Four strong growth stocks to buy now
Investors should seek out companies with the potential to grow, says professional stock picker Mike Prentis. Here, he tips four such stocks to add to your portfolio.
Each week, a professional investor tells MoneyWeek where he'd put his money now. This week: Mike Prentis, manager, BlackRock Smaller Companies Trust Plc.
Our approach can most simply be described as trying to find firms that have the potential to become much larger over the medium term. Our core holdings include companies such as Oxford Instruments (LSE: OXIG), Aveva Group (LSE: AVV), Victrex (LSE: VCT), Howden Joinery (LSE: HWDN), Senior (LSE: SNR) and Booker (LSE: BOK). We supplement these with smaller holdings that have the potential to grow. Here are some of the firms we believe offer an attractive risk/reward profile and also, in a few cases, good, safe yields.
In the wealth-management sector we like Charles Stanley (LSE: CAY), which has more than £16bn assets under management. Its net cash balances stand at £35m, representing more than 20% of its market capitalisation. It's very operationally geared; it usually does well in a rising stock market, especially if trading volumes also rise.
The firm will shortly launch Charles Stanley Direct, a new low-cost online platform for clients. The shares yield 3.2%, with good scope for dividend growth as profits recover in stronger markets.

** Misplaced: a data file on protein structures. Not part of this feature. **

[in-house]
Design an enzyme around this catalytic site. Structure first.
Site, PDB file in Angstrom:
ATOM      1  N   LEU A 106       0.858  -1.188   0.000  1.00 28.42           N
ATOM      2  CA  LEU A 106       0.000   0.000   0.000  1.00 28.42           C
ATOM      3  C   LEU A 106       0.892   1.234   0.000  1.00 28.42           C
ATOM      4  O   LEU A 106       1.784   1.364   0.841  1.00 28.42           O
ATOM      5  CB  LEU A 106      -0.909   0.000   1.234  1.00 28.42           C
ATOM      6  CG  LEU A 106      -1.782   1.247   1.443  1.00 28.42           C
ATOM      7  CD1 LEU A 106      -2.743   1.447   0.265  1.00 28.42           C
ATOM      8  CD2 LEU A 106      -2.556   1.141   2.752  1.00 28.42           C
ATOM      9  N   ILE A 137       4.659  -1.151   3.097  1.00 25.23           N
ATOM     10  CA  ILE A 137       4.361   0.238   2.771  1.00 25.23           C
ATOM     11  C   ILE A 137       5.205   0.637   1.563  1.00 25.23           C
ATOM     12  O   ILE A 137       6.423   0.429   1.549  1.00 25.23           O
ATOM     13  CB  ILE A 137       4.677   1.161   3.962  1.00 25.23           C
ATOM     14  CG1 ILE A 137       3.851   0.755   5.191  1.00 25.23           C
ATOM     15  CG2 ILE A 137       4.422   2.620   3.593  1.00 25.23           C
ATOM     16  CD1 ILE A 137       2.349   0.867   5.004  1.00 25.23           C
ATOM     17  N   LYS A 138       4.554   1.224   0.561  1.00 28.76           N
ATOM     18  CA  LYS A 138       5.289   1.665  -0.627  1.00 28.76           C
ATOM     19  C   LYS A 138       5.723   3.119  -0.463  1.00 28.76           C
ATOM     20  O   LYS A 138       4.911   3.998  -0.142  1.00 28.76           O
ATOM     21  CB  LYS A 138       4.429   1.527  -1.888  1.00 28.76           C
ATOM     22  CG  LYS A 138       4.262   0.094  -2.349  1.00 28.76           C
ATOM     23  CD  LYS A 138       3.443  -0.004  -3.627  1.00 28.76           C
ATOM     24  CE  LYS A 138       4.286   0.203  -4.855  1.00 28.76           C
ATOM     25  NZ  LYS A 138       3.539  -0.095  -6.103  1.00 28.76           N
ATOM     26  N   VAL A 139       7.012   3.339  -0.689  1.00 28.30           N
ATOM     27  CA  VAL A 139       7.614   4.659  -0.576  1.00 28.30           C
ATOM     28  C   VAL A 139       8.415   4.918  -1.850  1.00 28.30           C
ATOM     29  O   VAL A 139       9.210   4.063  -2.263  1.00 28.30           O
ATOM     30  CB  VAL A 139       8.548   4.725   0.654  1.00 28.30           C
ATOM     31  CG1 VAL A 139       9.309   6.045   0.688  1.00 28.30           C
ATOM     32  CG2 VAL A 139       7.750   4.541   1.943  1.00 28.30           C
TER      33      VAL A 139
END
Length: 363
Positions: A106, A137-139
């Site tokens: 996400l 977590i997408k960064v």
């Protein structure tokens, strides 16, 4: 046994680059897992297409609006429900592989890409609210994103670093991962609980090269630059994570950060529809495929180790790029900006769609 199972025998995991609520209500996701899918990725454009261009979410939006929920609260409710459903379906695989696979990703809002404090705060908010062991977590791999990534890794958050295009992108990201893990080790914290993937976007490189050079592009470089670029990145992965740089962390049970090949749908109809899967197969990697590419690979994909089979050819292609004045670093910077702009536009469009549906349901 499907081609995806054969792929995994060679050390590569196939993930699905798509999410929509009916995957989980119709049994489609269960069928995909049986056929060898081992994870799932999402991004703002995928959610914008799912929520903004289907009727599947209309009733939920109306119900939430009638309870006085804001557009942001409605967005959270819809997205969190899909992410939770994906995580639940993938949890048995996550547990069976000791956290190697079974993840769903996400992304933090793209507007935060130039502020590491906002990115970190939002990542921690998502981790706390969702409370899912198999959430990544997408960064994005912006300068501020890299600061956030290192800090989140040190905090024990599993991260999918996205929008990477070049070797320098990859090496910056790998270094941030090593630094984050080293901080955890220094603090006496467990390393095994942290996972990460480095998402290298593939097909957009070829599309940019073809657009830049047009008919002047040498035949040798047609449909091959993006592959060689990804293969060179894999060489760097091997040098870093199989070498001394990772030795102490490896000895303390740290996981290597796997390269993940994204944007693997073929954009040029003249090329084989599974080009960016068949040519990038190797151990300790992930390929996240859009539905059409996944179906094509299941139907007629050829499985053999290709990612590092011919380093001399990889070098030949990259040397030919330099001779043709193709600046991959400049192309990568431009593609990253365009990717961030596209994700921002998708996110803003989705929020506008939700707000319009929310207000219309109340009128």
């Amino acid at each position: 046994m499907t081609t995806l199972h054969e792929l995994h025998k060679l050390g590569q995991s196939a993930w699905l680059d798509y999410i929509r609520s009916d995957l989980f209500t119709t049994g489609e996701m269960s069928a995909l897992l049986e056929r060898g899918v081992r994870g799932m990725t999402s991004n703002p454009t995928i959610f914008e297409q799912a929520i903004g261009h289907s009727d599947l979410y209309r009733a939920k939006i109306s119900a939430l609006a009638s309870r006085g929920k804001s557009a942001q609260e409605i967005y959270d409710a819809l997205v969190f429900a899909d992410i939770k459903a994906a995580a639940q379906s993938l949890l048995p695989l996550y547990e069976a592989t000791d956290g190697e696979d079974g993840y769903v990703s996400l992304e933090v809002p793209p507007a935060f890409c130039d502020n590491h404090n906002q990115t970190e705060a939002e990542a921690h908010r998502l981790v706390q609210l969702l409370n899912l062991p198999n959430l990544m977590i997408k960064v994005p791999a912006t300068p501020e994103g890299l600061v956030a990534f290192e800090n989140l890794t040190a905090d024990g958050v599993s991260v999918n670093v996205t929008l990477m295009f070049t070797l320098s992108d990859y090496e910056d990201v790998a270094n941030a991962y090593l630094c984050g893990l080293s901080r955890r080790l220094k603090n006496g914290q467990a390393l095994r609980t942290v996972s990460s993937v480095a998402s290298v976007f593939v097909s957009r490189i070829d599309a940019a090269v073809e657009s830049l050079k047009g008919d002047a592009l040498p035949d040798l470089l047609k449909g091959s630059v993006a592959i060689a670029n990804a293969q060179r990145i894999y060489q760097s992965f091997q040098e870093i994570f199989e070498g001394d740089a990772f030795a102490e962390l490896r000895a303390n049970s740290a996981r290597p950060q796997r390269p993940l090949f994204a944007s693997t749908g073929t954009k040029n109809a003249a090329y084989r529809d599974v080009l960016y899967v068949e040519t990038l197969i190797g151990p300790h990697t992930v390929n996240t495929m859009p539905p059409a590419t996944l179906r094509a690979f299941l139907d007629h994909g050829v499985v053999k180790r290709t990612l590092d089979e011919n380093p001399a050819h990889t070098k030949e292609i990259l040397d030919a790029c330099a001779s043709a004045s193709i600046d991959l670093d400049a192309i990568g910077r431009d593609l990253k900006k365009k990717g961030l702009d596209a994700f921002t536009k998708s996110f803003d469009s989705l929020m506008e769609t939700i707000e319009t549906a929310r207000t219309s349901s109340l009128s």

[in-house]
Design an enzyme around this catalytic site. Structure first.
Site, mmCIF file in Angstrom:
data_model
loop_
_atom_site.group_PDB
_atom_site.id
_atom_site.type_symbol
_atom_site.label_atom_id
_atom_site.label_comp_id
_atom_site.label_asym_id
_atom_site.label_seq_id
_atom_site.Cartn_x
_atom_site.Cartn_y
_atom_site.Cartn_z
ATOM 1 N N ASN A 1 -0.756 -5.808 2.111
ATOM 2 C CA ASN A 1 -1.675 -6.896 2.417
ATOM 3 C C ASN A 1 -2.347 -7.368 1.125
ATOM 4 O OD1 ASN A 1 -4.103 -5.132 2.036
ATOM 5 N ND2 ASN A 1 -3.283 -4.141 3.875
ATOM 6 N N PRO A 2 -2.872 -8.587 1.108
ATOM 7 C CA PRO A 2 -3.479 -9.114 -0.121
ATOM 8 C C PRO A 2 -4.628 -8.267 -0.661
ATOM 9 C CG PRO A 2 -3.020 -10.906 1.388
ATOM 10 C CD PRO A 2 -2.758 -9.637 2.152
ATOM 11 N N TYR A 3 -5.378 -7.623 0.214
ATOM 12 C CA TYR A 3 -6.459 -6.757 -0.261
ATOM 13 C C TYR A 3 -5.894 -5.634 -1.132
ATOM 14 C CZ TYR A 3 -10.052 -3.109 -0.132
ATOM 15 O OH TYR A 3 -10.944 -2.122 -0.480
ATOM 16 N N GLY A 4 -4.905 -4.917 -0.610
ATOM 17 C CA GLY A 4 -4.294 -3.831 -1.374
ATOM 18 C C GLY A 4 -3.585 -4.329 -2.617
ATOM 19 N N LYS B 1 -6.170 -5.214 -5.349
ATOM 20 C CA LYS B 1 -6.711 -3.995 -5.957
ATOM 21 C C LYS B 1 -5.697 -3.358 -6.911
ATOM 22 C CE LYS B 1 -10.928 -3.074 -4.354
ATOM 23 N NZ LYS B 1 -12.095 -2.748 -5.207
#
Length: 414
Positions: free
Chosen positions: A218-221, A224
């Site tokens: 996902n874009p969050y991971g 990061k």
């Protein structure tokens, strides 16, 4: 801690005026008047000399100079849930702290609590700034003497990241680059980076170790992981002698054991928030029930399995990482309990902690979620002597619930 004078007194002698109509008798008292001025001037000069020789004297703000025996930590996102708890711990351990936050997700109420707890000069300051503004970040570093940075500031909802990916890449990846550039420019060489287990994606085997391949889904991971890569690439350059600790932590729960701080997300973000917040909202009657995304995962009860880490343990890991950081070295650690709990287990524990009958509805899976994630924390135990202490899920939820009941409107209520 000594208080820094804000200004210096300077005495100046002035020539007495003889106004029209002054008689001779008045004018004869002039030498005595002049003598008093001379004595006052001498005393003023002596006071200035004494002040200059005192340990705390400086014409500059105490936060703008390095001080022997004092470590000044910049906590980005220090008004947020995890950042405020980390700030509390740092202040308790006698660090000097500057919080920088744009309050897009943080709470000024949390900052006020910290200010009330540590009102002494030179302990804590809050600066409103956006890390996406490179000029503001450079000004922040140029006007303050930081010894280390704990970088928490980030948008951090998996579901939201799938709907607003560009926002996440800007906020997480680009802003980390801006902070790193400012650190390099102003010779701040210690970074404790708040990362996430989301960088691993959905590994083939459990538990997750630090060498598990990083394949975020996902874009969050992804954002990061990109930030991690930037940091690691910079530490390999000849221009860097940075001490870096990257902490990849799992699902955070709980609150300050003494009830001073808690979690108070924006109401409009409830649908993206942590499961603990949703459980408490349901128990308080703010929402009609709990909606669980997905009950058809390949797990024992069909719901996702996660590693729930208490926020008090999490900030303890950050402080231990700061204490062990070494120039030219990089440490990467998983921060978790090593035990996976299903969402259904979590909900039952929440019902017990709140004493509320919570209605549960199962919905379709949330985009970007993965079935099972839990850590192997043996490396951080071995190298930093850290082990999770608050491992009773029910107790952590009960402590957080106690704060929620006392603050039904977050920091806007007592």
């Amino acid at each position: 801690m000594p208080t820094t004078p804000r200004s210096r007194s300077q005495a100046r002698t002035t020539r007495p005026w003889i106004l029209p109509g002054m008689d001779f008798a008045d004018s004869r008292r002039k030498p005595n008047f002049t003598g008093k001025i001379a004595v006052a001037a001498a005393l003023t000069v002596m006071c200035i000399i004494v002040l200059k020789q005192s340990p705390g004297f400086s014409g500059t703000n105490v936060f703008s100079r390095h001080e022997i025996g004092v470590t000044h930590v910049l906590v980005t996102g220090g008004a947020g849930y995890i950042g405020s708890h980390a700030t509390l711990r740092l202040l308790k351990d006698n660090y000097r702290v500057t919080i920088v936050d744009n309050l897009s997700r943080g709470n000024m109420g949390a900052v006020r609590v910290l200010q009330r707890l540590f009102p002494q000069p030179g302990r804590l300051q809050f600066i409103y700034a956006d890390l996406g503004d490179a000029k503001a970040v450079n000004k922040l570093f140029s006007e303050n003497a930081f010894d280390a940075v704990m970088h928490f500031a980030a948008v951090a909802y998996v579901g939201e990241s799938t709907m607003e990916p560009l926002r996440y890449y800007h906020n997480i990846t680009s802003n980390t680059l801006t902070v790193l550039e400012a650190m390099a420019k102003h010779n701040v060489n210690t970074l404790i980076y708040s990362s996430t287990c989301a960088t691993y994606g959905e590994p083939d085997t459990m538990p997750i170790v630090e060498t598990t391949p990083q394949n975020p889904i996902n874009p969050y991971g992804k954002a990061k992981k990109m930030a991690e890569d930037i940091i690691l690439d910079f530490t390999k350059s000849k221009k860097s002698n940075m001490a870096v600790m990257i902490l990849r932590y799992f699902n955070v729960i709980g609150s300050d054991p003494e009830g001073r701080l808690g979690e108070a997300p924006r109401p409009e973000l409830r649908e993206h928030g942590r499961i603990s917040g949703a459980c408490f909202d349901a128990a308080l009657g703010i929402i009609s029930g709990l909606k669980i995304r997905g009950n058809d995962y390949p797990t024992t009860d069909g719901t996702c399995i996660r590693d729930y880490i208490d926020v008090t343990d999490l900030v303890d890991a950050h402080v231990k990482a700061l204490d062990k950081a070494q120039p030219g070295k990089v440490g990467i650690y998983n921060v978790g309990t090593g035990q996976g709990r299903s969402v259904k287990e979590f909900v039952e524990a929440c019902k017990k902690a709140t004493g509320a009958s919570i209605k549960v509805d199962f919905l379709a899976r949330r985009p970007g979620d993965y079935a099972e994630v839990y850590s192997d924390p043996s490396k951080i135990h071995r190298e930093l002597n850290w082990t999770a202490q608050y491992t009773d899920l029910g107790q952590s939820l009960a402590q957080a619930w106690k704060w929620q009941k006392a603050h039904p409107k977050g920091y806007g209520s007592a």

Walker Greenbank (LSE: WGB) designs, manufactures and markets wall coverings and furnishing fabrics mainly for the consumer market. Its brands include Harlequin, Morris & Co, Sanderson and Zoffany. Sales and profits have continued to grow, despite headwinds in Europe, with strong growth also returning in America.
Over the last few years debt levels have nearly been eliminated, which could allow the firm to increase dividends at a faster rate in the future. Its market capitalisation is only about 60% of historic annual sales, and the shares trade at ten times current year earnings.
Our third choice is TT Electronics (LSE: TTG), which manufactures electroniccomponents and sensors used mainly in the automotive and aerospace sectors. Most of its products are designed to last as long as the customer specifies, which creates some revenue predictability. Following non-core disposals, it has £45m of net cash, representing more than 15% of its market capitalisation.
Unlike many industrial manufacturers, operating margins are far from peak levels, but management is strong and capable of increasing margins over the next few years. We expect good earnings growth on the back of a global recovery. The shares yield 3.0% with good scope for more.
Avon Rubber (LSE: AVON) has two businesses. It manufactures protection masks used mainly by the military, and milking equipment, especially liners, used by the worldwide dairy industry. The mask business is underpinned by contracts with the US Department of Defence, but Avon has also sourced orders from other governments.
The range is being expanded and the number of applications for the equipment is also widening to include, for instance, fire services. Growth drivers for the dairy business are strong. Avon has a 16% share of the American market and this is growing well. It's also started to supply China and other emerging markets.
Management is confident that it has the best products globally and will continue to gain share. Volatility is always a problem with smaller firms, which is why we suggest investors build a diversified portfolio as protection against a share-price dip in any single investment.